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Chapter 74 : Human Herpesviruses 6, 7, and 8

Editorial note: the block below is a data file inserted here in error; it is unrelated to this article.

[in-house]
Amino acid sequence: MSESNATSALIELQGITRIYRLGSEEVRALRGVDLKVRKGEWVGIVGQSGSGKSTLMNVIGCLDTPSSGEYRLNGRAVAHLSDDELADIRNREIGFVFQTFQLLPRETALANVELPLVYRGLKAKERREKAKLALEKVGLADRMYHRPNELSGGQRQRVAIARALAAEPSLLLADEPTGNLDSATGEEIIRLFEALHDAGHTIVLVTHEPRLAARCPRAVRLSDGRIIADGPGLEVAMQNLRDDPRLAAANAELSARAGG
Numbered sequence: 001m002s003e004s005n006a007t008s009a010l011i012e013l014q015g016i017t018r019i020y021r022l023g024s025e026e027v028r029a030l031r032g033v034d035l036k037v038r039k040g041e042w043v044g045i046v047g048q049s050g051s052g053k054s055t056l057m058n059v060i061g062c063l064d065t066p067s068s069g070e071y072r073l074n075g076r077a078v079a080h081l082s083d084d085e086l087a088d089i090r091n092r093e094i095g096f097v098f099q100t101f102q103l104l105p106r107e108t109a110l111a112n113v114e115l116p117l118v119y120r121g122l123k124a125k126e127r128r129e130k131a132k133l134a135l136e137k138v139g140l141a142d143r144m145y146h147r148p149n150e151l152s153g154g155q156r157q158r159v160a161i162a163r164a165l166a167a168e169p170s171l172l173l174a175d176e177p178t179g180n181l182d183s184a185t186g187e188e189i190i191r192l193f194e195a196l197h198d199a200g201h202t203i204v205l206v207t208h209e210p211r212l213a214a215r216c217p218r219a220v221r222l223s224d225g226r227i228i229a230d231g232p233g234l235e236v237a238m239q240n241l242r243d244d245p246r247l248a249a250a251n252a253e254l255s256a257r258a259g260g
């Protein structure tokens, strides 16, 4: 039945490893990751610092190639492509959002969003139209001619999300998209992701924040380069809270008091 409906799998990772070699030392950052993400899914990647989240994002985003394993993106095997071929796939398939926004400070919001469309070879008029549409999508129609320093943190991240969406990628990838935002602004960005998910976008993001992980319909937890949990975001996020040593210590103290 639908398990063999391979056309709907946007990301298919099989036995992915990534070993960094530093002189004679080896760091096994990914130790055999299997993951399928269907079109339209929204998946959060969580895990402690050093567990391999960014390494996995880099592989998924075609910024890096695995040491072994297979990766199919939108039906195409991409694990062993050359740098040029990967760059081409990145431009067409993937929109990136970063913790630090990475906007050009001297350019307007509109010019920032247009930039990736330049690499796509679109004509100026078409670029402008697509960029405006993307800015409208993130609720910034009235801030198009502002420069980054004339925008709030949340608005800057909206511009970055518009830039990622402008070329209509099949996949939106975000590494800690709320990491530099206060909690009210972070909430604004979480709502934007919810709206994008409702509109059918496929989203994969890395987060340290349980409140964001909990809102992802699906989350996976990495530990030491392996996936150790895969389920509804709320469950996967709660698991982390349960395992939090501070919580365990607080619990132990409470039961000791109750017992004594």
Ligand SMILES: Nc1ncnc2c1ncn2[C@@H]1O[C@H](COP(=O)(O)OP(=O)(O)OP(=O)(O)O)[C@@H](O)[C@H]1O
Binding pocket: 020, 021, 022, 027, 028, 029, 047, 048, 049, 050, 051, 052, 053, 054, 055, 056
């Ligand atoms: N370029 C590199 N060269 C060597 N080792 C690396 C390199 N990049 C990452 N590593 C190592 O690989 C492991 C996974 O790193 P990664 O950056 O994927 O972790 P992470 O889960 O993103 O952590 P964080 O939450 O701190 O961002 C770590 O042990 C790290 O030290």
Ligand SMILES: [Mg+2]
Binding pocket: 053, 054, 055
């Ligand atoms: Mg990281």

This chapter focuses on the immunologic and molecular diagnosis and monitoring of infections with human herpesvirus 6 (HHV-6), HHV-7, and HHV-8 and provides information on the unique features of the epidemiology and biological and clinical characteristics of these viruses. Monoclonal antibodies suitable for the direct detection of HHV-6 antigens by immunofluorescence have been developed and employed with tissue samples. HHV-6 can be isolated from peripheral blood mononuclear cells (PBMC) grown in primary culture or by cocultivation of these cells with stimulated cord blood cells (CBC) or donor PBMC. A number of tests have been developed for the serodiagnosis of HHV-6 infection, of which indirect immunofluorescence assay (IFA), anti-complement immunofluorescence (ACIF), enzyme immunoassay (EIA), and the neutralization (NT) test have been most commonly employed. The IFA is the most widely used method for detecting. Western immunoblots and radioimmunoprecipitation are other serologic assays that are used to measure antibody to HHV-6. These assays have been used mainly to identify and analyze the role of specific proteins in the immune response to HHV-6. The diagnosis of HHV-6 infection is increasingly being made by the amplification of viral DNA by PCR. The methods for laboratory diagnosis of HHV-7 are essentially identical to those for diagnosis of HHV-6 and currently include the direct examination of clinical specimens for viral antigens by immunohistochemistry or viral nucleic acids by in situ hybridization and PCR antibodies to HHV-6.